3. You guys are going nowhere with this back-and-forth. There's no point asking for "authority", since the rules are the only authority and they're open to interpretation. I'm hesitant to wade in to the discussion, but I figure I'll give it a shot. This is key, I think. As long as there are effects that might occur in the current timing step, you should be checking for them. The "start" of a model's activation is either a single instant in time, or the entire duration of the C1 phase (i.e. it is still the start of the model's activation until there are no more start-of-activation effects to resolve). There isn't enough detail in the rules to definitively argue for either interpretation. Either choice has significant consequences. However, we do know that there is no true simultaneity in the rules. The simultaneous effect rules are actually a way of sequentially ordering effects with the same timing point - the resolution of each effect is based on the current game state (modified by any previous "simultaneous" effects in the sequence), not on the game state as it existed at the timing point when it was put into effect. Given that events in the game can be simultaneous and yet resolve sequentially, it is also true that events can conversely be resolved sequentially and yet be simultaneous. This collapses the C1 phase to a single instant of time, the "start of the model's activation", in which all possible simultaneous start-of-activation effects are resolved sequentially. As you noted earlier, checking to apply is a continuous process - even though it's the same "instant", you still need to continuously check to see whether any new simultaneous effects need to be resolved whenever you change the game state. So that's my understanding: all the events in the C1 subphase occur simultaneously, at the same instant ("the start of the model's activation"). However, resolving effects always happens sequentially, re-checking for additional simultaneous effects after each is resolved, until there are no more effects that can be resolved. Only at that point has the instant passed, and we move on to C2. Hope that makes sense.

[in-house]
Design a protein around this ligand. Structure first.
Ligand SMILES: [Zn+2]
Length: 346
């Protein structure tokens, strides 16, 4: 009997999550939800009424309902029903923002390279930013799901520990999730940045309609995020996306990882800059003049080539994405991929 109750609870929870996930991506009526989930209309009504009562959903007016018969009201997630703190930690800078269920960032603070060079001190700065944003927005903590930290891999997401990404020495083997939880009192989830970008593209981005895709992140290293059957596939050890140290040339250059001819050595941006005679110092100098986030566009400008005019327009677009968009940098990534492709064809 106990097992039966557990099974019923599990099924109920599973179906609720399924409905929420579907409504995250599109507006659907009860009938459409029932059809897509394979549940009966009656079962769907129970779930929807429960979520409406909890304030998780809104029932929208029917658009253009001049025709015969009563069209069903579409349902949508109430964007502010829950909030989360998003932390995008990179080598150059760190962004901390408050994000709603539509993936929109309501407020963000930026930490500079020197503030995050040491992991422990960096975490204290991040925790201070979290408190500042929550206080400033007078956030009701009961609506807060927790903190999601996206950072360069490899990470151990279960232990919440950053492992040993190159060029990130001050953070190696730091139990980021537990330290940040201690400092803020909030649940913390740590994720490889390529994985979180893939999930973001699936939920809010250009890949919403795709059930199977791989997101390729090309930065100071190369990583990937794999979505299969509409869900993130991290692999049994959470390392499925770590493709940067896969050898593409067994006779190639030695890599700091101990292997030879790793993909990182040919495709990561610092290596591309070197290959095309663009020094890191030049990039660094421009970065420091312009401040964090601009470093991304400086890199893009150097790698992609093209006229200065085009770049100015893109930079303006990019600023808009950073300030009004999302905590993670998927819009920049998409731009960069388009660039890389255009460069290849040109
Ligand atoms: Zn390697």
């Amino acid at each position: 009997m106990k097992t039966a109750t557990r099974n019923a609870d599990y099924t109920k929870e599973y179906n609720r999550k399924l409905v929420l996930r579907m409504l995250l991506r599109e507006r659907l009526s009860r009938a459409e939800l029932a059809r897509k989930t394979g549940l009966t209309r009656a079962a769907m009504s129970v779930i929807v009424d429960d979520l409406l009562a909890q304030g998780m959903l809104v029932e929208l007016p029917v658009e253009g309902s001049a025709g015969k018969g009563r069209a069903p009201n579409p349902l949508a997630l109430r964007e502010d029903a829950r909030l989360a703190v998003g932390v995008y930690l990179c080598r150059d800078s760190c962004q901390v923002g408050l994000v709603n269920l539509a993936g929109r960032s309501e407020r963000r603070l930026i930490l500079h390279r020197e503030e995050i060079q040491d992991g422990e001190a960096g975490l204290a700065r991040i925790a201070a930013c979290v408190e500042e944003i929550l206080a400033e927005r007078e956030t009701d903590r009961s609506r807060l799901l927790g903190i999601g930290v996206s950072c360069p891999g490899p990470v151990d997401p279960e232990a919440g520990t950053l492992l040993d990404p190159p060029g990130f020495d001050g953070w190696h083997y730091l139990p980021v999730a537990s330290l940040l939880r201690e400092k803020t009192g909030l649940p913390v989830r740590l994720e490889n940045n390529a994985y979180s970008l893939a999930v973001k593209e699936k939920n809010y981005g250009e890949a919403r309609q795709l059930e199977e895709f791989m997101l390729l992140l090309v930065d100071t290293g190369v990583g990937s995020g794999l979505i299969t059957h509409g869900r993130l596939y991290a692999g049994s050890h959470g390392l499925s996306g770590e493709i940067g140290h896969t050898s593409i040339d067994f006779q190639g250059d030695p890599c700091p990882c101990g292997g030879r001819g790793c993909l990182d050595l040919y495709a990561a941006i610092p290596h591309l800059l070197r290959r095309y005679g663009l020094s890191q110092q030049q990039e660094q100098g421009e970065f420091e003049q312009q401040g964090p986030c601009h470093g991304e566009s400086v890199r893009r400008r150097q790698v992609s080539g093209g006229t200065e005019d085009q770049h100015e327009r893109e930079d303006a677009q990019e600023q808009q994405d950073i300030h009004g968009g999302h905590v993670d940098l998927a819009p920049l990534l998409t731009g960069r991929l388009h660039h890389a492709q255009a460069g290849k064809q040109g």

4. I'm honestly not clear what makes Flight more explicit. If Blade Rush were worded in the same style, something like: Blade Rush: When resolving the Charge Action, instead of this model's Push being interrupted by other models normally, this model may Push through them and inflict 1 damage to them. Would that be equally explicit, and therefore modify the Action? I'm not sure what part of the rule text you're focusing on as explicit.